I find that if you want to properly execute 4ths, you should also be consious of the meter. A 4th being played on a 1 or 3 may not sound right (unless that's your intent). I take it the reason for that is the strong root movement going on and it "tricks" the ear into thinking it's a chord change.

11. ### moley

Sep 5, 2002
Hampshire, UK
FWIW, j-raj...

This would be called m7b5 or half-diminished. I've never seen it called m7#11.

12. ### Howard K

Feb 14, 2002
UK
Yeah, I never heard of sus7 either. I thought you used sus4 where the perfect 4th replaced the 3rd and sus6 where the Major6 replaced the 7th. the 3rd and 7th being the most impotrant chord tones. All in general at least...

I'm confused what does this mean?!

I'm not too sure about this either - what are you trying to say here? I'm just a bit confused by this

Of course every interval occurs a specific number of occurances within a diatonic key? A diatonic key is made up of certain chords all based around the Major scale which is a set pattern of intervals TTSTTTS

Am I missing something?

13. ### Funkateer

Jul 5, 2002
Los Gatos, CA
Example:

C G D A E B F# C# == modes based on D maj

14. ### moley

Sep 5, 2002
Hampshire, UK
None of the modes of the D Major scale have a C in them. I'm not sure what the advantage is in looking to the cycle of 5ths for the modes of the major scale.

15. ### Richard Lindsey

Mar 25, 2000
SF Bay Area
I can't see that there is any. That approach IMO would be more interesting numerologically than useful musically.

16. ### Funkateer

Jul 5, 2002
Los Gatos, CA
Oops. Can't count Should be

7 elements of cycle not 8. Therefore:

G D A E B F# C# == D maj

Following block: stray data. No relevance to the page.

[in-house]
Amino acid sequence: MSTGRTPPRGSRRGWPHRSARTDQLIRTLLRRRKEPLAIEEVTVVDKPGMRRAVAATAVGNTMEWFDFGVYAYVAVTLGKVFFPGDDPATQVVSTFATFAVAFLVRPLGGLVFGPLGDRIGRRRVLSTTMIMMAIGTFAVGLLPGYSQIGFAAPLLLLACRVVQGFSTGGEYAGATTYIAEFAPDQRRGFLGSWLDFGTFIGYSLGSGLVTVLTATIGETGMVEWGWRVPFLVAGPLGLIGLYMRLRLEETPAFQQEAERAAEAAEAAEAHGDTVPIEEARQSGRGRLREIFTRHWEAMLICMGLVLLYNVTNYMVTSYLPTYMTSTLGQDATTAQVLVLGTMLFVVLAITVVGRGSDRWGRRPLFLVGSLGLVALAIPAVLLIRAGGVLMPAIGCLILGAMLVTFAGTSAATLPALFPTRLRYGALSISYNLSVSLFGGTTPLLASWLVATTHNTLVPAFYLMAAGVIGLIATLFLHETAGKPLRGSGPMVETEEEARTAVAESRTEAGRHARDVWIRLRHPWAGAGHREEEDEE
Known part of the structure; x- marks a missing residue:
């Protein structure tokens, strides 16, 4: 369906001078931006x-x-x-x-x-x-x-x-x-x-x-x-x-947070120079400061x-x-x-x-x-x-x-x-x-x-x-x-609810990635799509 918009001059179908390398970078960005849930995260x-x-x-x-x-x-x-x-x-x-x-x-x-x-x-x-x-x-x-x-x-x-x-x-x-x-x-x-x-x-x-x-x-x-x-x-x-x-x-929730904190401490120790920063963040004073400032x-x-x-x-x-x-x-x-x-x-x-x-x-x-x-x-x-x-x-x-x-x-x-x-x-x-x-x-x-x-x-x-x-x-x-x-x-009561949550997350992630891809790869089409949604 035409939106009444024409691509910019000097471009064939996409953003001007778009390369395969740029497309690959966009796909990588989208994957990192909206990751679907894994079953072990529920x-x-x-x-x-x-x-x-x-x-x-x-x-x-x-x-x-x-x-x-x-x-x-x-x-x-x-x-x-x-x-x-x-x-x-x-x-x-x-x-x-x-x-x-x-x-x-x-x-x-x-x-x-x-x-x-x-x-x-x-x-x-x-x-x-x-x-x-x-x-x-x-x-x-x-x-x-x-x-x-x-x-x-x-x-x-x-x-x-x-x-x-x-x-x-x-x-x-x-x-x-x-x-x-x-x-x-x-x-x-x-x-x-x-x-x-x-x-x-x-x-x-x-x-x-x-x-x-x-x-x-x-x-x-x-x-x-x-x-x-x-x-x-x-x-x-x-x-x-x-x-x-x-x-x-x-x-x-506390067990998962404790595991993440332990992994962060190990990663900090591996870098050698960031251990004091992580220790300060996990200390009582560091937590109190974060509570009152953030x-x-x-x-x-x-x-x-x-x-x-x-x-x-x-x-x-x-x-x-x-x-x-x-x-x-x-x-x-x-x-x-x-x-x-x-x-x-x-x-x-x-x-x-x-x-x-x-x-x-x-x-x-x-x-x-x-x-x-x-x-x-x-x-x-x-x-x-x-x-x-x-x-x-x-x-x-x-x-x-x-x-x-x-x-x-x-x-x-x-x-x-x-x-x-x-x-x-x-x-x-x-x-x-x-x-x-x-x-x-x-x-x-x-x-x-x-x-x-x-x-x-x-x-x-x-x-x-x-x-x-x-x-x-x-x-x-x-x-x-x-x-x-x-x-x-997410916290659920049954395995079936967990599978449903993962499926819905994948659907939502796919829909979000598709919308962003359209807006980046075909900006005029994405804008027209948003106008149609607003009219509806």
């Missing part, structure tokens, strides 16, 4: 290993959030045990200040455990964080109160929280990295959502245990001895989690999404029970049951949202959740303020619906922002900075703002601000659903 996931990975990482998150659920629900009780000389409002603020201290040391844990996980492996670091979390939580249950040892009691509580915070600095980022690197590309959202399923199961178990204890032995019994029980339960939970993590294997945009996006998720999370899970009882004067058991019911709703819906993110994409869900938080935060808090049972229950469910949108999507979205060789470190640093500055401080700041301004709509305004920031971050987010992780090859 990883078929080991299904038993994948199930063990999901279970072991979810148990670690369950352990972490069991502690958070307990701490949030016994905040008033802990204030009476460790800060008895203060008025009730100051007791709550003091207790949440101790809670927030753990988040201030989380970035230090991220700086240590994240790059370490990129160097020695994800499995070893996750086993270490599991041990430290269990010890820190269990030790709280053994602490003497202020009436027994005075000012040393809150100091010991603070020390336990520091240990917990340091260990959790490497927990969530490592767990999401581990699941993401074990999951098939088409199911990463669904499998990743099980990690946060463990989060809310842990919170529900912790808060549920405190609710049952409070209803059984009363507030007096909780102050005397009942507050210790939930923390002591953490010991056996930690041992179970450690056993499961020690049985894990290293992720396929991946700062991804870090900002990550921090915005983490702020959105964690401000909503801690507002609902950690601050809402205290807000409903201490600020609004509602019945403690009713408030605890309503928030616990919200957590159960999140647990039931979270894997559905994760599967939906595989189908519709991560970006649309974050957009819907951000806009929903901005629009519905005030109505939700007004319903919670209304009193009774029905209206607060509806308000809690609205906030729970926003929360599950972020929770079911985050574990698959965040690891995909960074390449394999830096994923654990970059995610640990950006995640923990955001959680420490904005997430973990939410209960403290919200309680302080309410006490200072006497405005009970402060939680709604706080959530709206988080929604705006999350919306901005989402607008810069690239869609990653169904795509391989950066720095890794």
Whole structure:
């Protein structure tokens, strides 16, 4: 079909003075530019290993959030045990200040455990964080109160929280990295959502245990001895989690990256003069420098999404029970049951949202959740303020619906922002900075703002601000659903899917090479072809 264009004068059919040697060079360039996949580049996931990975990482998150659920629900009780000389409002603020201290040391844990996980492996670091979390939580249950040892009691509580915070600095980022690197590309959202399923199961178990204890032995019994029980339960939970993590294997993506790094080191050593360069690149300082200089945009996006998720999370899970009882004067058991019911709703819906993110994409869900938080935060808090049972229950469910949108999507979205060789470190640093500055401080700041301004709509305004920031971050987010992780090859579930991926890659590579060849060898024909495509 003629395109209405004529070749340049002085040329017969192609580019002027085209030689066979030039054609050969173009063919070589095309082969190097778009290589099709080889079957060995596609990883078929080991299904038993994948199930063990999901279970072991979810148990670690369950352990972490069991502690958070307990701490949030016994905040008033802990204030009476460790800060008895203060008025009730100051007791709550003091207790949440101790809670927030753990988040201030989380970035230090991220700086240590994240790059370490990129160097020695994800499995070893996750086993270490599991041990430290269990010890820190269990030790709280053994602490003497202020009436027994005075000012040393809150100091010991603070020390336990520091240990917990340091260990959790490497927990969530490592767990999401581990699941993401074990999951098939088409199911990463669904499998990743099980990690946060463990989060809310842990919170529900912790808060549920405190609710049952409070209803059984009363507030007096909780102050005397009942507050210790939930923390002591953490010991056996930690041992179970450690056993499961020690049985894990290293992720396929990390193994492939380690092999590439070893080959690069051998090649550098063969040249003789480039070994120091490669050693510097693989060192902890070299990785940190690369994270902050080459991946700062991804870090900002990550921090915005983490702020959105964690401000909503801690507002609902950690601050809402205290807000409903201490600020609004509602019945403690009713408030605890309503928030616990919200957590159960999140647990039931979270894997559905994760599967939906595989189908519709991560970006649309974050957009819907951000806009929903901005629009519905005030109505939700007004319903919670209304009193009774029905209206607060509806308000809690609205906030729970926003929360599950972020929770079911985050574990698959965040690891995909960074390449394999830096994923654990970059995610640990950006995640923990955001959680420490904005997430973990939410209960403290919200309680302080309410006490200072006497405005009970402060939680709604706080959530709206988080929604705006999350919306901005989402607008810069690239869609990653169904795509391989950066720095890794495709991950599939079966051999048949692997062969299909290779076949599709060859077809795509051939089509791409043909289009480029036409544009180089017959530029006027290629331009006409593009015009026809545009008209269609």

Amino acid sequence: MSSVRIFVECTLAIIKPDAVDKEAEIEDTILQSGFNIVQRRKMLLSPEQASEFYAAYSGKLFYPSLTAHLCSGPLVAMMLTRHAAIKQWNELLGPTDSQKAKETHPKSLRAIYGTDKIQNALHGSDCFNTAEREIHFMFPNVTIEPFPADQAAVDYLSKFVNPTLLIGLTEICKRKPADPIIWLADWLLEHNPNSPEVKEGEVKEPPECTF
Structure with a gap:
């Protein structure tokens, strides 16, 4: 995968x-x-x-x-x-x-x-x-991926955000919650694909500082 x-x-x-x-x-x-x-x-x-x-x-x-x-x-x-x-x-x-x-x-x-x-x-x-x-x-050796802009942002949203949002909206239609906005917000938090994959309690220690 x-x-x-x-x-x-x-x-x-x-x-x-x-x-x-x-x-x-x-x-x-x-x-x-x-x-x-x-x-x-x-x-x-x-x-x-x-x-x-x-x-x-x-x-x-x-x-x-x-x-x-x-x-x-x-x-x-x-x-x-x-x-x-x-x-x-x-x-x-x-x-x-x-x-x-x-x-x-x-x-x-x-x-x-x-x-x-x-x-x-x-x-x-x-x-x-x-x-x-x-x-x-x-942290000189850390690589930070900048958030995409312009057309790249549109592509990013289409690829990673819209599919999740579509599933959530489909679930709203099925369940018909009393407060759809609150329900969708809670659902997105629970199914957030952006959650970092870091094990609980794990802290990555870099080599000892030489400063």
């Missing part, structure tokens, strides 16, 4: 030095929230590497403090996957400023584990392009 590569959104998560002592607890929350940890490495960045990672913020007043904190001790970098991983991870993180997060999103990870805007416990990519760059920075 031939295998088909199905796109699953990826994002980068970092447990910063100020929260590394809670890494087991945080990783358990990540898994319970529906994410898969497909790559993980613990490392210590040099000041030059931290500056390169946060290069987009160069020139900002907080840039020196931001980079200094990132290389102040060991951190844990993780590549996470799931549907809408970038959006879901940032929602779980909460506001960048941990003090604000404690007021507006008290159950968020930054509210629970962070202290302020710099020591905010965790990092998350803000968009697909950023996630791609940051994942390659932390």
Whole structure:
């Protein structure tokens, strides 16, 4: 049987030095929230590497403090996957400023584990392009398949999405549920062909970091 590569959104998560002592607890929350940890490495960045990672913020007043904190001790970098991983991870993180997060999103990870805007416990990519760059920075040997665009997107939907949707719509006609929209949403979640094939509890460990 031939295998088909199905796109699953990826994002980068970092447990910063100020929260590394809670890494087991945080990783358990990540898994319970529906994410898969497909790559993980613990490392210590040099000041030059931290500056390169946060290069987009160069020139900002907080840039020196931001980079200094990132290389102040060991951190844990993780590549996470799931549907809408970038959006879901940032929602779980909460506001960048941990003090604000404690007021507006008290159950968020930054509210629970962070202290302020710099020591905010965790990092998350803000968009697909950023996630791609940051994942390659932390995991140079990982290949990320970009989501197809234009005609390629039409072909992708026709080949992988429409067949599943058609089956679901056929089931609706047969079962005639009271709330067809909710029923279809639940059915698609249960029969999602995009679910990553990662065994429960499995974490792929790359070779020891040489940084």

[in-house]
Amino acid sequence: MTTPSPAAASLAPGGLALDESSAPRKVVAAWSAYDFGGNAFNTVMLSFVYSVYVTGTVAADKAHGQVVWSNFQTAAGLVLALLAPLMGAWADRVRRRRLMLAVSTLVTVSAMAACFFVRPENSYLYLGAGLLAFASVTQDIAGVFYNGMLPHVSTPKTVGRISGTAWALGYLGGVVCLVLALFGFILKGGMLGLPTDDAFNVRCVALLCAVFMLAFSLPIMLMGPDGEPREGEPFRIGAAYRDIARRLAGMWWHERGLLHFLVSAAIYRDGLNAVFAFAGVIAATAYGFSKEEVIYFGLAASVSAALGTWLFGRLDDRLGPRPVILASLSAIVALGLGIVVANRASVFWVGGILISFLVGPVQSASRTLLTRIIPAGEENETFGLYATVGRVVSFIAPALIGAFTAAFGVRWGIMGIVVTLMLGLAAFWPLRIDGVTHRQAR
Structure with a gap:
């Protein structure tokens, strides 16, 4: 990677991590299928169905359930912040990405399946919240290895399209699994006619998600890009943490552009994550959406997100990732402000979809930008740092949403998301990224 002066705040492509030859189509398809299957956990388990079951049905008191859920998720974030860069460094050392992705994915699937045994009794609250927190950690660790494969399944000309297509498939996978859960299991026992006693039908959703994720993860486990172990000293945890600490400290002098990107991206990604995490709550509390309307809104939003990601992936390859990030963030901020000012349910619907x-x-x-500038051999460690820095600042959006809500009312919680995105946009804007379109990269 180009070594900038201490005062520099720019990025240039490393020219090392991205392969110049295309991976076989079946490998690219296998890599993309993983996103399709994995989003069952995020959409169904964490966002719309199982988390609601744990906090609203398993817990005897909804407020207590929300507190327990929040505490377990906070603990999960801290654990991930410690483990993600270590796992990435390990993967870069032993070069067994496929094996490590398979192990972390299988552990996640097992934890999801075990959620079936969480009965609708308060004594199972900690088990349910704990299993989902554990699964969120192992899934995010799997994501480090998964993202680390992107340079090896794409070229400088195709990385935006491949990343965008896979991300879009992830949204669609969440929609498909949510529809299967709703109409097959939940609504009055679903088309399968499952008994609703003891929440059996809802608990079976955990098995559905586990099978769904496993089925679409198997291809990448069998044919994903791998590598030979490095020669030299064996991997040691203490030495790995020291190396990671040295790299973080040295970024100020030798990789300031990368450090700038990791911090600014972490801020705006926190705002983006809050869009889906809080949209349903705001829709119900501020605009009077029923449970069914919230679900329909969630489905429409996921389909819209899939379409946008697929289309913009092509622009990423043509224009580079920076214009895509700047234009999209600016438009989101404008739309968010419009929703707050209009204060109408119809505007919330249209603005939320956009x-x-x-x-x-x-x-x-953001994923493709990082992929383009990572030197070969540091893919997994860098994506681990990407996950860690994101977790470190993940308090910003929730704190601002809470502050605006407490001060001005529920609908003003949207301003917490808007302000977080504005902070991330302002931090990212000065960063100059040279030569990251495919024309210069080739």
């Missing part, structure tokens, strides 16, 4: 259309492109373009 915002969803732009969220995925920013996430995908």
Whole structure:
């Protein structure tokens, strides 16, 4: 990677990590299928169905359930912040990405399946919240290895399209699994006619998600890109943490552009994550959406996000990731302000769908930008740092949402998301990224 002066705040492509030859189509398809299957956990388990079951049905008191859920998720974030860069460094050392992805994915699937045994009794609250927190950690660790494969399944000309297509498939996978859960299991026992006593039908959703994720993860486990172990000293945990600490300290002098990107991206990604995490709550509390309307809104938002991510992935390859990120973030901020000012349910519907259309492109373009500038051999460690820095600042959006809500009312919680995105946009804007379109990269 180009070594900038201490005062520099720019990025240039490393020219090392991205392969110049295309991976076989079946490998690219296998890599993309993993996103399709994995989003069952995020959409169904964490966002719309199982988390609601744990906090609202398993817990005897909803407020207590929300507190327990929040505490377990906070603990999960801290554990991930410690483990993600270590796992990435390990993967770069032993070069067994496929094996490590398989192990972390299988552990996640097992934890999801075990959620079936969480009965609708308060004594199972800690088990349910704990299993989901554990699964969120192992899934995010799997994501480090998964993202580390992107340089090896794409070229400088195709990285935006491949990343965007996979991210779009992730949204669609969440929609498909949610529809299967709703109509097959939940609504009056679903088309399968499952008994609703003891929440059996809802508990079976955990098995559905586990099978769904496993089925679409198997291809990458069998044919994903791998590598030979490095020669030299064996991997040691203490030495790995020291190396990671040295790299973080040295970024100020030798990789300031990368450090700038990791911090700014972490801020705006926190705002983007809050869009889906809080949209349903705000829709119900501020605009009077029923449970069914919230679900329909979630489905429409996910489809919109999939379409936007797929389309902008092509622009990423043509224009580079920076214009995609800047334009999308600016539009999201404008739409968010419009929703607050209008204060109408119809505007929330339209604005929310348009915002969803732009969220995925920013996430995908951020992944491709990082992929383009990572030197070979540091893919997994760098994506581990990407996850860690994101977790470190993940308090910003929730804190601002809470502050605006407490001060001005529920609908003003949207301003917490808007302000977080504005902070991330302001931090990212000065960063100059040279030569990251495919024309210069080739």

I agree that this is more of a numerological curiosity than something you can jam on.

17. ### j-rajBassist: Educator/Soloist/PerformerSupporting Member

Jan 14, 2003
Indianapolis, IN
Yeah Moley, it might be enharmonic to the same thing, I was making my own names up, but using the description to say where I got it from.

sorry for the confusion...

BUT... there is the usage for a Major 7 sharp 11.... Think Freedon Jazz Dance (Bb), by Eddie Harris.

18. ### moley

Sep 5, 2002
Hampshire, UK
Yes, but you said m7#11 not M7#11.

19. ### Howard K

Feb 14, 2002
UK
Not that I'm an expect in such matters but I'd advise against that - it gets horribley confusing!

M7#11 - so you could play a lydian over that nicely?

moley, while were on the subject, what would you call a chord containing: m3, b5, M7 ???

i was looking at the transcription of the Mingus number 'boogie stop shuffle', and the horns make up this chord together over the turnaround. I wondered what one would call it?

20. ### Bruce LindfieldUnprofessional TalkBass ContributorGold Supporting Member

Are you sure we're not just talking about a half-diminished - very common in Jazz?

I have the lead sheet for this in the Mingus more than a play-along and there is a Cm7b5 in there...or there is a chord notated as D/Bb ?

But often as a Jazz bass player you will get these things where you can use the Major 7th as a passing tone or a 'blue' tone...although it's not really part of a conventional chord/scale relationship?